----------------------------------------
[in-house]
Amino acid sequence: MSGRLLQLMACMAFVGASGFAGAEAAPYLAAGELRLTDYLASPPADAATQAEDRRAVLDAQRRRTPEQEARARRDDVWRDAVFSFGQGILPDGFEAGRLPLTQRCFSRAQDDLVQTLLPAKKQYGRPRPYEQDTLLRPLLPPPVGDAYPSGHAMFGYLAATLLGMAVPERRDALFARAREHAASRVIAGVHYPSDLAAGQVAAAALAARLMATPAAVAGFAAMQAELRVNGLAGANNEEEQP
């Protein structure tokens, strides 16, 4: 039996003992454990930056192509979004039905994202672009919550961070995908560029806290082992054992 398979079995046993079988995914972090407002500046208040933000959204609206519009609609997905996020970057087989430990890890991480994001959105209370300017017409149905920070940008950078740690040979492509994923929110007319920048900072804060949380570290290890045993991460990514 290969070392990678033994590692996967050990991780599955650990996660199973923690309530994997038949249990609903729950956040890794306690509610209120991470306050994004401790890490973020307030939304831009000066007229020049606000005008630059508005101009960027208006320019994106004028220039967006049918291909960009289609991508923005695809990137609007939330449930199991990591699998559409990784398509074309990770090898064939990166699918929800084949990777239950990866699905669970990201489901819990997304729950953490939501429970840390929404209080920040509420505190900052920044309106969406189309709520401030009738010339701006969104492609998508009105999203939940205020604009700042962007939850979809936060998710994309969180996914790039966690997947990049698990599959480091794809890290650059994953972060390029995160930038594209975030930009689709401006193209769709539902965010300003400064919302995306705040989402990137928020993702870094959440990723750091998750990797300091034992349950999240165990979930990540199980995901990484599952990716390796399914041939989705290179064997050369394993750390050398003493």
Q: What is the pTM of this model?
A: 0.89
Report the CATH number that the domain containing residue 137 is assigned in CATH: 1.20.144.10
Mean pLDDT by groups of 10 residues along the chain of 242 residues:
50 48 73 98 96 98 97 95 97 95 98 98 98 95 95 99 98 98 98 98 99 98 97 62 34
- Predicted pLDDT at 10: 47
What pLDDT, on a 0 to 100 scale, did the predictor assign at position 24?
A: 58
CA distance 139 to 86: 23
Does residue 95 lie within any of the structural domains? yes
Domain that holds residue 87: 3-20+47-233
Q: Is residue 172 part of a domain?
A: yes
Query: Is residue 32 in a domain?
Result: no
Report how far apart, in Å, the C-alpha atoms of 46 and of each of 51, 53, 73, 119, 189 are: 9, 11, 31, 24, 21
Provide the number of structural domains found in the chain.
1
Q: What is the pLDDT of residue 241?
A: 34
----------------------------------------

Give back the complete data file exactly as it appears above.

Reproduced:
[in-house]
Amino acid sequence: MSGRLLQLMACMAFVGASGFAGAEAAPYLAAGELRLTDYLASPPADAATQAEDRRAVLDAQRRRTPEQEARARRDDVWRDAVFSFGQGILPDGFEAGRLPLTQRCFSRAQDDLVQTLLPAKKQYGRPRPYEQDTLLRPLLPPPVGDAYPSGHAMFGYLAATLLGMAVPERRDALFARAREHAASRVIAGVHYPSDLAAGQVAAAALAARLMATPAAVAGFAAMQAELRVNGLAGANNEEEQP
């Protein structure tokens, strides 16, 4: 039996003992454990930056192509979004039905994202672009919550961070995908560029806290082992054992 398979079995046993079988995914972090407002500046208040933000959204609206519009609609997905996020970057087989430990890890991480994001959105209370300017017409149905920070940008950078740690040979492509994923929110007319920048900072804060949380570290290890045993991460990514 290969070392990678033994590692996967050990991780599955650990996660199973923690309530994997038949249990609903729950956040890794306690509610209120991470306050994004401790890490973020307030939304831009000066007229020049606000005008630059508005101009960027208006320019994106004028220039967006049918291909960009289609991508923005695809990137609007939330449930199991990591699998559409990784398509074309990770090898064939990166699918929800084949990777239950990866699905669970990201489901819990997304729950953490939501429970840390929404209080920040509420505190900052920044309106969406189309709520401030009738010339701006969104492609998508009105999203939940205020604009700042962007939850979809936060998710994309969180996914790039966690997947990049698990599959480091794809890290650059994953972060390029995160930038594209975030930009689709401006193209769709539902965010300003400064919302995306705040989402990137928020993702870094959440990723750091998750990797300091034992349950999240165990979930990540199980995901990484599952990716390796399914041939989705290179064997050369394993750390050398003493």
Q: What is the pTM of this model?
A: 0.89
Report the CATH number that the domain containing residue 137 is assigned in CATH: 1.20.144.10
Mean pLDDT by groups of 10 residues along the chain of 242 residues:
50 48 73 98 96 98 97 95 97 95 98 98 98 95 95 99 98 98 98 98 99 98 97 62 34
- Predicted pLDDT at 10: 47
What pLDDT, on a 0 to 100 scale, did the predictor assign at position 24?
A: 58
CA distance 139 to 86: 23
Does residue 95 lie within any of the structural domains? yes
Domain that holds residue 87: 3-20+47-233
Q: Is residue 172 part of a domain?
A: yes
Query: Is residue 32 in a domain?
Result: no
Report how far apart, in Å, the C-alpha atoms of 46 and of each of 51, 53, 73, 119, 189 are: 9, 11, 31, 24, 21
Provide the number of structural domains found in the chain.
1
Q: What is the pLDDT of residue 241?
A: 34